Jason Herbeck, professor of French and chair of the Department of World Languages co-authored a paper accepted for publication in the The
American Journal of Surgery. The forthcoming article, “Ancient Surgeons: A Characterization of Mesopotamian Surgical Practices,” examines surgical practices in the Ancient Mesopotamian civilization, the earliest known, which emerged in the fourth millennium BCE.
According to the authors, while studies show the advent of medicine, there is little understanding of the origins of surgery. The paper seeks to describe the characteristics and medical acumen of the surgeons of the first civilization by way of source documents and commentary on Mesopotamian medicine. Indeed, early Mesopotamian tablets reveal evidence of the incisional drainage of a scalp abscess and empyema, advanced wound care, fracture alignment and possible caesarians without evidence of wound suturing, emergency procedures, trephination or circumcision. While the asû and āšipu understood disease processes, strong evidence of an inextricable connection between spiritual and diagnostic/curative roles exists. The paper finds that Mesopotamian physicians were diagnosticians and healers, approaching surgery as part of their holistic practice rather than as a separate entity. They utilized surgery as an endpoint to a careful process aided by objective evaluation and spiritual incantation.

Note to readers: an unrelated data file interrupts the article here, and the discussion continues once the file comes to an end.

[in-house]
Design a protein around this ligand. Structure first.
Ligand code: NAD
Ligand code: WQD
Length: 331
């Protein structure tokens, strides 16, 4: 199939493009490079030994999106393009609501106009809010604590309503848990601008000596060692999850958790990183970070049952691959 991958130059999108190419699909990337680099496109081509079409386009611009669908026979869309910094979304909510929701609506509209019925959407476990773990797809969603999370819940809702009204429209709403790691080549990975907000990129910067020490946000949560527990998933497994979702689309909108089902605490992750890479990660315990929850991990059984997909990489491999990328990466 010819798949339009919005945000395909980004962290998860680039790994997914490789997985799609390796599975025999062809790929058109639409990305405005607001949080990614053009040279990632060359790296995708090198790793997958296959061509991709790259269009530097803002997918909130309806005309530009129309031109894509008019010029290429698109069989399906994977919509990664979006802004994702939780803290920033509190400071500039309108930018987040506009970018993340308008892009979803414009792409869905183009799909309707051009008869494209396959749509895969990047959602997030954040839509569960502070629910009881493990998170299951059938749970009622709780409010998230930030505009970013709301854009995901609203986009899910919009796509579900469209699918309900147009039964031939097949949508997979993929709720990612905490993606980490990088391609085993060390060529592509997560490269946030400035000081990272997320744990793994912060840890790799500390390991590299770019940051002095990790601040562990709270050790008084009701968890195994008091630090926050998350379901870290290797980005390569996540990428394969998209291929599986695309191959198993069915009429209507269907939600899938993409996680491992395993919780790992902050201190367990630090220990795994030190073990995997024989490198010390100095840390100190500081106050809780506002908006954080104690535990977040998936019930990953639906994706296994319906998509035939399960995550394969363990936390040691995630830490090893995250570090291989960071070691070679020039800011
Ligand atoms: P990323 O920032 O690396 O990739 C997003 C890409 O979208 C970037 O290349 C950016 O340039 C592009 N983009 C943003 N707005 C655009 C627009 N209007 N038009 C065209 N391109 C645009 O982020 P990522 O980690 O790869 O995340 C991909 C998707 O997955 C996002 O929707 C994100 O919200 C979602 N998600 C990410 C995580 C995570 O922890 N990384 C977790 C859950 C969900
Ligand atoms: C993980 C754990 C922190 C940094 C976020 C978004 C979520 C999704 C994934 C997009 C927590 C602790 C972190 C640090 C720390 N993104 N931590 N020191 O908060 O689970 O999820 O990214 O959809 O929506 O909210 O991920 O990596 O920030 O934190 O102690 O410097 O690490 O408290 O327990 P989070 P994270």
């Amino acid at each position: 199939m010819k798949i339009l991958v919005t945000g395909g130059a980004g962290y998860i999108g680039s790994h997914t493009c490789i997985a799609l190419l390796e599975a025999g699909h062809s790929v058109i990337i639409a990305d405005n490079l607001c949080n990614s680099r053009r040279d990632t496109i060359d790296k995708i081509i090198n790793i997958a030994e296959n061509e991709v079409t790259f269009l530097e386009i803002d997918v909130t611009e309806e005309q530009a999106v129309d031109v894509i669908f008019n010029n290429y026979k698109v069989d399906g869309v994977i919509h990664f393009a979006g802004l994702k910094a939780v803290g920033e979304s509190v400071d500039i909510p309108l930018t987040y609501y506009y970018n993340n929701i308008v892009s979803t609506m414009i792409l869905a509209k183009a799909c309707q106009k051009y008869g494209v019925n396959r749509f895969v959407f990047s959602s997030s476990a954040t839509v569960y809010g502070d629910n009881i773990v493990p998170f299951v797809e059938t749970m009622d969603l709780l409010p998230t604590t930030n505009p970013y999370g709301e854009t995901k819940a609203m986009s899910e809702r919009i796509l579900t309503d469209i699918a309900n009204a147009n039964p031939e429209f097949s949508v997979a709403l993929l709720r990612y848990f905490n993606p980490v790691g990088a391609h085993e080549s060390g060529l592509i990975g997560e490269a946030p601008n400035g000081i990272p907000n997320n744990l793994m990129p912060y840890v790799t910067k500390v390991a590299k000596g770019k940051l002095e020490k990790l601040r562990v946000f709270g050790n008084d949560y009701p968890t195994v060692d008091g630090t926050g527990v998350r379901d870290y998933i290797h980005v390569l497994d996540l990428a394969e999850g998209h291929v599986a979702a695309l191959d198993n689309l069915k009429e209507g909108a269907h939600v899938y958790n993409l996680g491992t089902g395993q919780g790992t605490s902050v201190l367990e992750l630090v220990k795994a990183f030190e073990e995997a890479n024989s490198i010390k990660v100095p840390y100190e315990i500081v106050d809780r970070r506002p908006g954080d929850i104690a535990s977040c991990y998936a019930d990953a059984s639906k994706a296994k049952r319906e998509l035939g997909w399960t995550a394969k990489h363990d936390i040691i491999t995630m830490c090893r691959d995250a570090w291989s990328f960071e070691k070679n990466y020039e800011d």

Alison J. White (University of Washington School of Medicine), JoAnn Scurlock (Elmhust College, emerita) and John Mayberry (St. Luke’s Wood River Medical Center) co-author the article along with Herbeck whose primary contribution to the paper involved translating (from the French) early Mesopotamian tablets into English.